Belk concurs, adding that businesses must survey the competitive and cultural landscape of the country from the outset. “There may be regulatory barriers that make it impossible for you to sell your proposition. It’s also possible that what you do is so far afield of cultural norms in a particular market that the proverbial squeeze isn’t worth the juice; especially when you consider the resources–both capital and human–it takes to break into new markets,” he explains. “Ask yourself simple and clear questions about how steep the climb will be. And be very clear about the investments needed to break through, your expected returns and your long-term commitment to get there.”

What is the country’s idea of beauty?
You’re selling beauty. But beauty isn’t the same everywhere. So, it’s important to know their beauty expectations to help gauge your brand’s chances of success. “[This helps you know whether] what you have in the product may influence or enhance their beauty,” adds Choi.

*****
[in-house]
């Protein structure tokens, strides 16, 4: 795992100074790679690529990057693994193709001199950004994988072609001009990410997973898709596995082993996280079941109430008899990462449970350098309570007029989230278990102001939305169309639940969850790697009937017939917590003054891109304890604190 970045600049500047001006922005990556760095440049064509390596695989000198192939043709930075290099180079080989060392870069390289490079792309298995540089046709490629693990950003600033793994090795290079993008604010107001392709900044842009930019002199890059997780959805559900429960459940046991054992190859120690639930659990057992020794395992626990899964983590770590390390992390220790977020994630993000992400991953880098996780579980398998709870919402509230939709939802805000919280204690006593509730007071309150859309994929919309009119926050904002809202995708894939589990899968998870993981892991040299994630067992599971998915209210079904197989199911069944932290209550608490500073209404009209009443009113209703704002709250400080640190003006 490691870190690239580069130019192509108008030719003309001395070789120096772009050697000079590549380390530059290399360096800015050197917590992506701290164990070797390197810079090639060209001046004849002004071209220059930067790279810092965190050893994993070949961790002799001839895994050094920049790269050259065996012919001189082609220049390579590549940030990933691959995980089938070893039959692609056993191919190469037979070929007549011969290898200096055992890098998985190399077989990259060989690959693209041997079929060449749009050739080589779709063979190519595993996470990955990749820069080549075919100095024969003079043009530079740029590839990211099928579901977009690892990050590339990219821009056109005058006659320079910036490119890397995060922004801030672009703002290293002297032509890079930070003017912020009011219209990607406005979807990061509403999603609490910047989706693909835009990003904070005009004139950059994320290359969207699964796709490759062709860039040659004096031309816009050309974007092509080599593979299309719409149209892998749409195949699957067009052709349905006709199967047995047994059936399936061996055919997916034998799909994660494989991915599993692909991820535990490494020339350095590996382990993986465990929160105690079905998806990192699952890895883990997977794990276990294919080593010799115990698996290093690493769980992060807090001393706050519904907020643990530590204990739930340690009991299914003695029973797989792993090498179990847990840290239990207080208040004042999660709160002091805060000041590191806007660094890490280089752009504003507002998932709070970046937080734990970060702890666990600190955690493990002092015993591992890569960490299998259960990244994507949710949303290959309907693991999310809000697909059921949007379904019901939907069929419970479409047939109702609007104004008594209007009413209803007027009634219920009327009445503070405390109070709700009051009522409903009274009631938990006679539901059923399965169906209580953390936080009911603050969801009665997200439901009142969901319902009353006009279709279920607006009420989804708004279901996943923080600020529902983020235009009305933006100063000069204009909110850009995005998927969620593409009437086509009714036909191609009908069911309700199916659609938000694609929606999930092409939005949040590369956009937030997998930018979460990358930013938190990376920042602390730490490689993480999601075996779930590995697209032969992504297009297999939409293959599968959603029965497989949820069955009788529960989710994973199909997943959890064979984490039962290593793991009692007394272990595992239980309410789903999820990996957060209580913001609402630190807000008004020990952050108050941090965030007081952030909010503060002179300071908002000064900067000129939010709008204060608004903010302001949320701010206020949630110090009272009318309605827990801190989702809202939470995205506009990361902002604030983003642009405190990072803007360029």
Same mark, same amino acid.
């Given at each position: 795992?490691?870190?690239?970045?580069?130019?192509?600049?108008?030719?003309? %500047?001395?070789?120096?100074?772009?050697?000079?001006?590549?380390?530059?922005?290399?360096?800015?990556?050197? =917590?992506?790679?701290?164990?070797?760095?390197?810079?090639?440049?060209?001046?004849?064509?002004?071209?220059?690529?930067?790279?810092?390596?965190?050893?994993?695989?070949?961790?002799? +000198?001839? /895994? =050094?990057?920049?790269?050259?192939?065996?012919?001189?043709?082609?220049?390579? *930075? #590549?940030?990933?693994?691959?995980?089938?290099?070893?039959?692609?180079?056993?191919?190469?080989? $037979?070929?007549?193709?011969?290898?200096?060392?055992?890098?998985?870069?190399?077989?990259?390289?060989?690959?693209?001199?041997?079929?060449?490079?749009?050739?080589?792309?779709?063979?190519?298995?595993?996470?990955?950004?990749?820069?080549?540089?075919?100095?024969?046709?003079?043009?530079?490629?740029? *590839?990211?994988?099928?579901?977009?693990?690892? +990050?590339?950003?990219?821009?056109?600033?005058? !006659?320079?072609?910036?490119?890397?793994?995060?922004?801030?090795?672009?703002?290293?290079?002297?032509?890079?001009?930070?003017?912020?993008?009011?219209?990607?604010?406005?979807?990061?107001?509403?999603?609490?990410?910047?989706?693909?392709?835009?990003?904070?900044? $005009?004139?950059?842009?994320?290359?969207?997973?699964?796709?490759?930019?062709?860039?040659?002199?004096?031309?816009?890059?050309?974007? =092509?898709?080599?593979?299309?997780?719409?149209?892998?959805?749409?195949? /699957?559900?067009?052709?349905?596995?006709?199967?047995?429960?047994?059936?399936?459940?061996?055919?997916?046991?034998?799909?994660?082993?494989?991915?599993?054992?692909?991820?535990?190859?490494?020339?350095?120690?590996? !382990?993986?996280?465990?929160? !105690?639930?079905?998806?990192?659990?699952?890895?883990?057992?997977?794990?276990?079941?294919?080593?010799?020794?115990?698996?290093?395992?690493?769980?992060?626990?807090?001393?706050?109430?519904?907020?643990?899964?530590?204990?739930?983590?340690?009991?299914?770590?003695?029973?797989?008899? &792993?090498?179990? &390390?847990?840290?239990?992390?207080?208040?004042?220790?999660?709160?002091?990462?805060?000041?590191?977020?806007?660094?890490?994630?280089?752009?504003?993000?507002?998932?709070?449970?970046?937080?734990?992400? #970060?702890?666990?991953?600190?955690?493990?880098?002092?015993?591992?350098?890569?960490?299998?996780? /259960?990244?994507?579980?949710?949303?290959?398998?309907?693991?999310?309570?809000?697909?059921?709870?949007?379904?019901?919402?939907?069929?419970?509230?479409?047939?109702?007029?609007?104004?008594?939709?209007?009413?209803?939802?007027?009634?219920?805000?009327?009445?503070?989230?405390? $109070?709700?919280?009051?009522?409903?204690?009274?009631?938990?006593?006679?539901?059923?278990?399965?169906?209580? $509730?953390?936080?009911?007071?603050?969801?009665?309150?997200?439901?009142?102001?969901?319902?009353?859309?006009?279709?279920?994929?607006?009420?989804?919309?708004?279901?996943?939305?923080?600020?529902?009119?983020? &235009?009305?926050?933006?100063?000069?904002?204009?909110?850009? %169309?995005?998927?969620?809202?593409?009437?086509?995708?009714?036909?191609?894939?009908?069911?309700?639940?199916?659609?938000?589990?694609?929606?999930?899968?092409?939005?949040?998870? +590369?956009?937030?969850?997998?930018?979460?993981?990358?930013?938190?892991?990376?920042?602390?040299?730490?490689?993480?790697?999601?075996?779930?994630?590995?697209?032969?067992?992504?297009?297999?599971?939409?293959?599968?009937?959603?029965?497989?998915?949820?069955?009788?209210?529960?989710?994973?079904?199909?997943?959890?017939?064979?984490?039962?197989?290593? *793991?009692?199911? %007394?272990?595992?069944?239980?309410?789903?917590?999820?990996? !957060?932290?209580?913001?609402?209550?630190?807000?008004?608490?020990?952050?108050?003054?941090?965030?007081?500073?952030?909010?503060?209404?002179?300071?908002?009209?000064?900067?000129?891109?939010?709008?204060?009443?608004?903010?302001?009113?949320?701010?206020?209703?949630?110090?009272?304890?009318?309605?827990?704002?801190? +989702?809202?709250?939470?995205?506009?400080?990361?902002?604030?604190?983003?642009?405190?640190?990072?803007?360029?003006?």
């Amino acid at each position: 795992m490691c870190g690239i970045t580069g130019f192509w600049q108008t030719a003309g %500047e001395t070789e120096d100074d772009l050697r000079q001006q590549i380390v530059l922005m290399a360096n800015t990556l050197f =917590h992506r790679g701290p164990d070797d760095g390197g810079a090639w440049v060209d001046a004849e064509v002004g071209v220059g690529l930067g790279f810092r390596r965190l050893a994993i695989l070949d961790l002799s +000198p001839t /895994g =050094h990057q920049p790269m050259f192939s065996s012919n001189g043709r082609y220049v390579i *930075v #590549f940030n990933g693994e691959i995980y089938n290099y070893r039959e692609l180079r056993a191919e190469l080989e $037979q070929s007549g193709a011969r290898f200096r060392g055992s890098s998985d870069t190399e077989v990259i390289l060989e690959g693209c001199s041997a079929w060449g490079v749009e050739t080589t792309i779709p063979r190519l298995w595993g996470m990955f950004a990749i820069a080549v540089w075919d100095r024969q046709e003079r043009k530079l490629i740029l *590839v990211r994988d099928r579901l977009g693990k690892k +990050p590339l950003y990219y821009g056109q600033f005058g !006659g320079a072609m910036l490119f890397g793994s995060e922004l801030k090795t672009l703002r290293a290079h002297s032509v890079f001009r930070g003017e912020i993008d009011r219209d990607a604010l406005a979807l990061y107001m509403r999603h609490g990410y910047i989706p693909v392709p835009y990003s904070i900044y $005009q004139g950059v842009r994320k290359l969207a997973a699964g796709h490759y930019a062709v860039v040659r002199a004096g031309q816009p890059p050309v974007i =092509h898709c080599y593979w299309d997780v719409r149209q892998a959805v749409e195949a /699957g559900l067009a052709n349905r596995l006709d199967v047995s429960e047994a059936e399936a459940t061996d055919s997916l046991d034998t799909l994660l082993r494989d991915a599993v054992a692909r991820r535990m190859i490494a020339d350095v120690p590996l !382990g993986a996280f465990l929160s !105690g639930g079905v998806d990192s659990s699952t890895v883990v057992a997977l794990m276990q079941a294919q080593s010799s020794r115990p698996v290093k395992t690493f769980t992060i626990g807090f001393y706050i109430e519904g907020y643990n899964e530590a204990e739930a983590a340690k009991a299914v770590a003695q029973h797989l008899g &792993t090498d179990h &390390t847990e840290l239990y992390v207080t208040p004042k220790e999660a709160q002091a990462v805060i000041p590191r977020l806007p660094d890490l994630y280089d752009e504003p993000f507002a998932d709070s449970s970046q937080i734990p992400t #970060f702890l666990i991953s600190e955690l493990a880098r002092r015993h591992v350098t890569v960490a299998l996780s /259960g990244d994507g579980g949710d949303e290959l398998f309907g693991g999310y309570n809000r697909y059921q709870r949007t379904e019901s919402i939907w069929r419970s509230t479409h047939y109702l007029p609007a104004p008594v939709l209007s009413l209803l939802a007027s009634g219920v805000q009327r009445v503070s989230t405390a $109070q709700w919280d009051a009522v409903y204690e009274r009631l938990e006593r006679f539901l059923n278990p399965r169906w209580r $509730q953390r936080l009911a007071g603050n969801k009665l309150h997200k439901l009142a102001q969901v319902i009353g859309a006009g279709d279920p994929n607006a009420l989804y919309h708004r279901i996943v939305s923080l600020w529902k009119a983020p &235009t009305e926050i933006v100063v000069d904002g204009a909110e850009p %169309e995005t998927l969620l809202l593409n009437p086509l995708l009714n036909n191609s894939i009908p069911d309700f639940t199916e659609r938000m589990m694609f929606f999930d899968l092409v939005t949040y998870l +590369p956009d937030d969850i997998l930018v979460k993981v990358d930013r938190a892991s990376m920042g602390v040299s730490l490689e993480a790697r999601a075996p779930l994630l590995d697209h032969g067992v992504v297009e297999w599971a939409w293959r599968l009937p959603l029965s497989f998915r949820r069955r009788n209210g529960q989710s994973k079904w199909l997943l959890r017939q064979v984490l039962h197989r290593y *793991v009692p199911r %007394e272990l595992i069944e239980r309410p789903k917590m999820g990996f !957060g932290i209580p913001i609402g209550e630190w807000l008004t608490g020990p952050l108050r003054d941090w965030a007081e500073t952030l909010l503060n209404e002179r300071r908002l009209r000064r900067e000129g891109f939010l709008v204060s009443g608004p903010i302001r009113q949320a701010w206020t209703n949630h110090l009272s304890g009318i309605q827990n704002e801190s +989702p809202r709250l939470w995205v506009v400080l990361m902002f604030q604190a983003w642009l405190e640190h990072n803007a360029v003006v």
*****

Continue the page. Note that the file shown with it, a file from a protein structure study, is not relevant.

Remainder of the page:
Is there foreign demand for your product?
Are there consumers outside of your domestic territory looking for what you’re offering? Are they familiar with your product? “The biggest myth is that you can just take what works at home and rinse and repeat in additional countries. History is full of brand disasters where more than the tagline was lost in translation,” says Belk. Businesses cannot think of new countries as outposts if they want to build the brand globally, he explains. “Cultural missteps can cost a company millions in sales and cause significant reputational damage.”